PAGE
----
Tuesday, September 27, 2011

Neurology Apples, Pears Linked to Reduced Stroke Risk

September 15, 2011 — A new study shows an association between a high intake of fruits and vegetables with white flesh, in this research mainly apples and pears, and a reduced risk for stroke on the order of 50%.
In this large, population-based study, each 25 g/day increase in consumption of white fruits and vegetables was associated with a 9% decrease in stroke risk.
However, lead author Linda M. Oude Griep, MSc, from the Division of Human Nutrition at Wageningen University, the Netherlands, cautioned that as this is the first such study to look at color groups of fruits and vegetables in relation to stroke, no definite conclusions can be made.
Linda M. Oude Griep
"There are more studies needed to confirm these findings," Ms. Oude Griep told Medscape Medical News. "It's also the case that maybe other color groups of fruits and vegetables may protect against other chronic diseases, so it remains of importance that patients eat a variety of fruits and vegetables."
Their findings are published online September 15 and will appear in the November issue of Stroke.
Color Mirrors Content.................
In this study, the researchers investigated whether fruits and vegetables grouped into different colors were associated with incident stroke. Although studies have consistently shown that a high consumption of fruit and vegetables overall is associated with a lower stroke risk, the researchers note, few studies have examined the association between stroke risk and groups of fruit and vegetables grouped according to the color.
The color of the primary edible portion of fruits and vegetables reflects the presence or absence of particular pigmented bioactive compounds, such as carotenoids, anthocyanidins, and flavonoids, the authors write. Which fruits and vegetables in particular contribute most the reduction in stroke risk from overall high consumption is not known, and that was the primary aim of this study.
The researchers used data from the Monitoring Project on Risk Factors and Chronic Diseases in the Netherlands Study, a population-based cohort study including 20,069 men and women aged 20 to 65 years and free of cardiovascular disease at baseline.
Information on fruit and vegetable intake was taken from a validated, 178-item food frequency questionnaire that included juices and sauces.
Fruits and vegetables were classified into 4 color groups according to the edible portion: green included such items as broccoli, brussels sprouts, and kiwi fruit; orange/yellow included citrus fruits, carrots, and cantaloupe; red/purple encompassed things like cherries, grapes, red cabbage, and tomatoes; and white included the allium family of garlic and onion, hard fruits such as apples and pears, and bananas, cauliflower, or cucumber.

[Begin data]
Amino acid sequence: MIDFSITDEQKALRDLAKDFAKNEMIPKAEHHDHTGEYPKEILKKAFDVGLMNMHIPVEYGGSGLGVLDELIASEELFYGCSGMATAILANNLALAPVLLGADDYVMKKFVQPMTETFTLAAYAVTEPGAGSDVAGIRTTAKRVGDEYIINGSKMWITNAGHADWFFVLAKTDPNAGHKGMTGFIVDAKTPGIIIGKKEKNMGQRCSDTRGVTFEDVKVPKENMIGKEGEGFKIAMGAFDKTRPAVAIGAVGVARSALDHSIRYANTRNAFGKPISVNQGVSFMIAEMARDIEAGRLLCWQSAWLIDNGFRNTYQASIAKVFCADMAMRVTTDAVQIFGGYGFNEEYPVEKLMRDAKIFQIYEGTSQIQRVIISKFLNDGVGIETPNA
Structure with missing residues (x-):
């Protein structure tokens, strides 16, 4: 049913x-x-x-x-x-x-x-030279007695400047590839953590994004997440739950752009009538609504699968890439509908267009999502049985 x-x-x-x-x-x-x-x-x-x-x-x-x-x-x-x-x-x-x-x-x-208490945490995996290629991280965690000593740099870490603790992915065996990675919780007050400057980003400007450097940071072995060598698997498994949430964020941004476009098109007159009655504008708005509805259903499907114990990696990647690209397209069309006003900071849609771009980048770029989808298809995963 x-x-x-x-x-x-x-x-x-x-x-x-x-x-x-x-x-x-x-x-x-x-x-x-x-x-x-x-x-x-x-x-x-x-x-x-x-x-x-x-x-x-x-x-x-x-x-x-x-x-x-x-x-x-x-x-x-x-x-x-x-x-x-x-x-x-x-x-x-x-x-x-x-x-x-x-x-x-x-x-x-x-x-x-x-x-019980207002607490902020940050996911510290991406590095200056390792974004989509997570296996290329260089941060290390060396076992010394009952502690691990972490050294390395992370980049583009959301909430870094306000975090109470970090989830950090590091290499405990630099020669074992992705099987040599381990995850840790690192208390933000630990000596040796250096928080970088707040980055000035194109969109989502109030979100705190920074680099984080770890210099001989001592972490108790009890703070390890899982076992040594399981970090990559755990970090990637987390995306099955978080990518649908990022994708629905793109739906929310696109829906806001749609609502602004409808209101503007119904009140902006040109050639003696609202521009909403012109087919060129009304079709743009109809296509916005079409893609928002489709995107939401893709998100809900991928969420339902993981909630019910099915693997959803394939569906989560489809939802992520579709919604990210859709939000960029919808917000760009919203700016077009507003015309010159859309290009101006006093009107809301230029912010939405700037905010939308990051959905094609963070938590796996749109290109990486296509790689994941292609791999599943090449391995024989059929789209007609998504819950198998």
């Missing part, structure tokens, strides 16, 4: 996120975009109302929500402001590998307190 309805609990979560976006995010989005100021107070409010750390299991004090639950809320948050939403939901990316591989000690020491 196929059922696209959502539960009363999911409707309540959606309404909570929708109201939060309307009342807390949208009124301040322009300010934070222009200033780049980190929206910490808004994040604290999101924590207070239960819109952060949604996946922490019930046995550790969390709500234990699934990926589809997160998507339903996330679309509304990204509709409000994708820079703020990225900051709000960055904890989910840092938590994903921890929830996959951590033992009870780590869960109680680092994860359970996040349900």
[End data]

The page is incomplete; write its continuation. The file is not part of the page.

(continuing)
Potatoes and legumes were not included as vegetables, "because their nutritional value differs significantly from that of true vegetables," the researchers note.
The median consumption of white fruits and vegetables was highest in this population, and apples and pears were the most commonly consumed of these, making up 55% of intake.
Median Consumption of Fruits and Vegetables by Color Group
Color Group G/Day
Green 62
Orange/Yellow 87
Red/Purple 57
White 118
During 10 years of follow-up, 233 incident cases of stroke were documented. Hazard ratios were calculated for incident stroke, adjusting for age, sex, lifestyle, and dietary factors.
The authors report that although no such relationship was seen with green, orange/yellow, or red/purple groups, there was a significant reduction of 52% in 10-year stroke incidence for those participants in the highest quartile for white fruit and vegetable consumption vs those in the lowest quartile.
Stroke Risk for Highest vs Lowest Intake of White Fruits and Vegetables
Comparison Hazard Ratio 95% Confidence Interval
Quartile 4 vs quartile 1 (>171 g/day ≤78 g/day) 0.48 0.29 - 0.77
Each 25 g/day increase in white fruit and vegetable consumption was associated with a 9% lower risk for stroke (hazard ratio, 0.91; 95% confidence interval, 0.85 - 0.97).
Previous studies have suggested that apples and pears are inversely related to incident stroke, although the findings were not statistically significant in those studied, the researchers note. Apples are a rich source of dietary fiber and the flavonol quercetin, the authors note.
Another important contributor to white fruit consumption was bananas, they add. "To our knowledge, no previous prospective cohort studies have investigated the association between bananas and incident stroke."
"Apple a Day" Clinical Trial?
In an editorial accompanying the publication, Heike Wersching, MD, from the University of Muenster Institute of Epidemiology and Social Medicine, Germany, points out that this study focuses on the beneficial effects of food groups, allowing for the synergistic effects of different nutrients in whole fruits and vegetables to be evaluated.